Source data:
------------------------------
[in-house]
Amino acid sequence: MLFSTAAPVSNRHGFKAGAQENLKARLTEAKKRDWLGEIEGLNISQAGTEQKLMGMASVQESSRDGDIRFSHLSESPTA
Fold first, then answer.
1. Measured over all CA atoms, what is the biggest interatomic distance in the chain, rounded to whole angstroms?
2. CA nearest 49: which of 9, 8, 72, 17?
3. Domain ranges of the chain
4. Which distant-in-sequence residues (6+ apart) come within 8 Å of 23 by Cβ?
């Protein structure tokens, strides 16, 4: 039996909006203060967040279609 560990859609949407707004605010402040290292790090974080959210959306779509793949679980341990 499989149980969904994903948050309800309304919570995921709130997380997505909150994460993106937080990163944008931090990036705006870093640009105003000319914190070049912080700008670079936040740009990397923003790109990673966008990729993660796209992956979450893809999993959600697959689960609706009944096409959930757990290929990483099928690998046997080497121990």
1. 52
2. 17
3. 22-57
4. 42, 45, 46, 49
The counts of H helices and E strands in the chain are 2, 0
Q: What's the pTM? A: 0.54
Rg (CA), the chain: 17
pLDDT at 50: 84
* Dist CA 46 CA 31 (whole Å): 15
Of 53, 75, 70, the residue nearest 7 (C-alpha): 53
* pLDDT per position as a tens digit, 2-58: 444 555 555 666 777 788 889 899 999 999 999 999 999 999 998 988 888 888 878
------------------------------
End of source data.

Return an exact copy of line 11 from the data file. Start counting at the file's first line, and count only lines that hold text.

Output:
3. 22-57